The tax levied on owners of three or more apartments may be heading back to the legislation process in the Knesset, after the High Court of Justice gave the government until Sunday to respond to a compromise proposed by Knesset legal adviser Eyal Yinon.
- Home Data Shows Prices Frozen for Past Four Months
- A Robin Hood Who Gives to the Poor, Then Takes It Back
- Israelis in No Hurry to Sell Apartments, but Some Eye Investments Abroad
Knesset sources believe that this may be the end of the law, which they consider unlikely to be passed again.
The law, which is being contested in court, levies an extra tax of as much as 1,500 shekels ($415) a month on owners of three apartments, in a bid to make real estate a less attractive investment option and combat high home prices. The sum can be higher for owners of more than three apartments.
Part of the legal battle surrounding the law involves the legislative process. It was passed in a Knesset Finance Committee session that started at 11 p.m. A draft of the bill had been given to the Knesset committee’s legal adviser at 7 p.m., and to MKs at 9 p.m. The vote was ultimately held at 7 a.m. the following morning, without opposition MKs present.
Government representatives had admitted in previous High Court hearings that the legislative process was flawed.
The law was supposed to have taken effect this year, but its implementation has been delayed by the legal appeals.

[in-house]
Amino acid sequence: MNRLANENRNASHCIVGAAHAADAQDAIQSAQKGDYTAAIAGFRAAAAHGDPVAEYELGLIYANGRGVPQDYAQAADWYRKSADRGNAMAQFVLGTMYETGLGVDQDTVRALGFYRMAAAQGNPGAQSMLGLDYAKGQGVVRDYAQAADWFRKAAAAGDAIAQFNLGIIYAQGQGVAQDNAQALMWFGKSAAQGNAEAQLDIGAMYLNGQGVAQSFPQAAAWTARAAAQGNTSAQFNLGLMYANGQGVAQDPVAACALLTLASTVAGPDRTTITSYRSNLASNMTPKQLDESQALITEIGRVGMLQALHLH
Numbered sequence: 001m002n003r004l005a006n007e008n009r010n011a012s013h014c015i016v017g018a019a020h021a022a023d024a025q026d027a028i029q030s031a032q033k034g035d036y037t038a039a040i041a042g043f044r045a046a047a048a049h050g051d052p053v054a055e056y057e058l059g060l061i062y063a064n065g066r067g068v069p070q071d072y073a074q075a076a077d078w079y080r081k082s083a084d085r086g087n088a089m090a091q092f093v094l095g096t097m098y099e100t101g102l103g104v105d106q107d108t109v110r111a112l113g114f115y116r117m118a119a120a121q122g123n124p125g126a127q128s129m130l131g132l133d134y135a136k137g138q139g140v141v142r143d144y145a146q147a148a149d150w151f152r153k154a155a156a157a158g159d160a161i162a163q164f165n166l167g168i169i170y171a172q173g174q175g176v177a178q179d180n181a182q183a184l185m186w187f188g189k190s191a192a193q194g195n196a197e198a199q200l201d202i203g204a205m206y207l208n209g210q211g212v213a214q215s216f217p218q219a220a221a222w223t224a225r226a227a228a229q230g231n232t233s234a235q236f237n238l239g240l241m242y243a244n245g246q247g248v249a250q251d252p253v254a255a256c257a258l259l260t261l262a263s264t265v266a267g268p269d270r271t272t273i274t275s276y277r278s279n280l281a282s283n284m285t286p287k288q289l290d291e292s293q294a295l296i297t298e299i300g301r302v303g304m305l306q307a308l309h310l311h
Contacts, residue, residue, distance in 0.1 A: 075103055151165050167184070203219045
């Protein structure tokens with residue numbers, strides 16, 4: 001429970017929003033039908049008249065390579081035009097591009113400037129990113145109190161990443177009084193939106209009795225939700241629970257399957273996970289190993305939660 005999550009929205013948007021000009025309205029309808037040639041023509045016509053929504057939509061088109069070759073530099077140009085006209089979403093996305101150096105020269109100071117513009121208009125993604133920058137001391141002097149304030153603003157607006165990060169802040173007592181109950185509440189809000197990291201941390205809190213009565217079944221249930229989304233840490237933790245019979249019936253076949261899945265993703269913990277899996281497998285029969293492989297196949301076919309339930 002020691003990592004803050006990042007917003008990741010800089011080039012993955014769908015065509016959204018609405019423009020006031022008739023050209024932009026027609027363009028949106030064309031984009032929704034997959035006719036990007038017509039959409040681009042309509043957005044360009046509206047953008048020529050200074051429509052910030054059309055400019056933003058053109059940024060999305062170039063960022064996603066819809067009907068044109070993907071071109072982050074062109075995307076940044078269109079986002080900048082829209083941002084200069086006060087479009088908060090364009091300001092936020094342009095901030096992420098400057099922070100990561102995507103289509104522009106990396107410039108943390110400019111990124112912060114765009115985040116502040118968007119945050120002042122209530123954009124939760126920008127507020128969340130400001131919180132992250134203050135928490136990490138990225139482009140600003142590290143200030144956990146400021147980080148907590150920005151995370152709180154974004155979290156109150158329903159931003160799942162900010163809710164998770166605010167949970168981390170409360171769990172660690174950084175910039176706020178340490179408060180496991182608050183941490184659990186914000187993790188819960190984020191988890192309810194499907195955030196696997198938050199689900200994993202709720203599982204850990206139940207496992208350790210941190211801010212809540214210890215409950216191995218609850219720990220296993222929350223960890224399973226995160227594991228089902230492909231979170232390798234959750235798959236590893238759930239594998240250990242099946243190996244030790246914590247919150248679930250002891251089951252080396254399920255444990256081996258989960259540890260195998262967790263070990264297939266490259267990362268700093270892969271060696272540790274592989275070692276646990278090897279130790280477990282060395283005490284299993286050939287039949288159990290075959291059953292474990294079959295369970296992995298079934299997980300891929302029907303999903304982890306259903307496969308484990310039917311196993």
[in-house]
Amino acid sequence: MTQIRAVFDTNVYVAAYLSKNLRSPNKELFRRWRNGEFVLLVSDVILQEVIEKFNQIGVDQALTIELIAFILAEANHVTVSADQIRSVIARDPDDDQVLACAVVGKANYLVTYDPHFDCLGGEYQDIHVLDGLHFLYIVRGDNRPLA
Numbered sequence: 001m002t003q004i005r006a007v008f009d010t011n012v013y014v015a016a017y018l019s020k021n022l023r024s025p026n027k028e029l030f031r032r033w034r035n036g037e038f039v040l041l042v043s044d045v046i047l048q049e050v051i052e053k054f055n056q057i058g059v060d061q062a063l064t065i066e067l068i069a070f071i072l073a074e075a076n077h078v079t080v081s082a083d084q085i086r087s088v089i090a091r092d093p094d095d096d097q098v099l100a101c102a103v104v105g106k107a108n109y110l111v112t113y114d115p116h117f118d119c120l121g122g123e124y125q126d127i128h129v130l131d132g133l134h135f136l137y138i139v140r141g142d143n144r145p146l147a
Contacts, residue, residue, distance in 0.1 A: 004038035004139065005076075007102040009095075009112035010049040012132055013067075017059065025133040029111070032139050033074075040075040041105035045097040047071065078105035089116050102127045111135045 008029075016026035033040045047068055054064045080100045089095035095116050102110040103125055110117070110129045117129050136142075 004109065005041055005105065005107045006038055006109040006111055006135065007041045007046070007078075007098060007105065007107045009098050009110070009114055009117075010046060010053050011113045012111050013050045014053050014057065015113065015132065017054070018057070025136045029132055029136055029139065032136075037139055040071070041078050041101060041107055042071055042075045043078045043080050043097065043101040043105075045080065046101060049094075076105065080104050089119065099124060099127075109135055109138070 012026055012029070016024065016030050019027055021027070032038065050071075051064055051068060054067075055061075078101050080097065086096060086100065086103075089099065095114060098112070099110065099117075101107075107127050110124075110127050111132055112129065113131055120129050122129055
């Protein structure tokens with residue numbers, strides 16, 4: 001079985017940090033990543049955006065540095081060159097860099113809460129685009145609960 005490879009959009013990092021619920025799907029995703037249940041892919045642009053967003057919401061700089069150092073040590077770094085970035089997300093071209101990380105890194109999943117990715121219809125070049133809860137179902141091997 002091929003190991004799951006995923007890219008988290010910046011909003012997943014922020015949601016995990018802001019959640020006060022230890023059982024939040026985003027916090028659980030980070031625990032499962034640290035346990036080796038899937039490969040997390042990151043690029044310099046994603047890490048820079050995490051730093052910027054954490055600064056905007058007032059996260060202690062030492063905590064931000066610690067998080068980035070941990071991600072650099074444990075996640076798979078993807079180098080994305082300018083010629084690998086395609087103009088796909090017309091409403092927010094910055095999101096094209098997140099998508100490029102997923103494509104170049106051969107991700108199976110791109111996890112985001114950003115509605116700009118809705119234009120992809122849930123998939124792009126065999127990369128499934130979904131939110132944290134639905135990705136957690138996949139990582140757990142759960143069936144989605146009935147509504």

Should the government accept Yinon’s proposal, then the Knesset Finance Committee will have to reconvene to discuss and vote on the bill, and it will then need to be brought before the Knesset plenum for another vote before it becomes law again.
Knesset sources say it’s unlikely whether the law will be passed again under these circumstances. Currently there is no majority in the Knesset in support of the bill – Prime Minister Benjamin Netanyahu’s Likud party is not interested in redoing the bill, and Finance Minister Moshe Kahlon is considered unlikely to put himself on the line over it.
The initial law was bundled up as part of the Economic Arrangements Bill.
Finance Ministry representative Shosh Shmueli, who was present at the hearing, stated following Yinon’s proposal that it would create havoc. One clause of the law called for giving owners of multiple apartments grants for selling, and people have already sold and applied for these grants, she said.
Yinon’s proposal would essentially cancel the bill, and that’s not an alternative, she said.
Court President Miriam Naor responded that Yinon’s proposal should be considered, as it had advantages, such as not needing to restart the legislative process from the beginning.
Previously, Yinon had proposed that the justices leave the law intact but give the Knesset a “non-validity warning.” The justices rejected this, stating that Knesset members knew they had behaved improperly.
The petitions against the law were filed by a list of opponents including opposition MKs and the NGO Hatzlaha.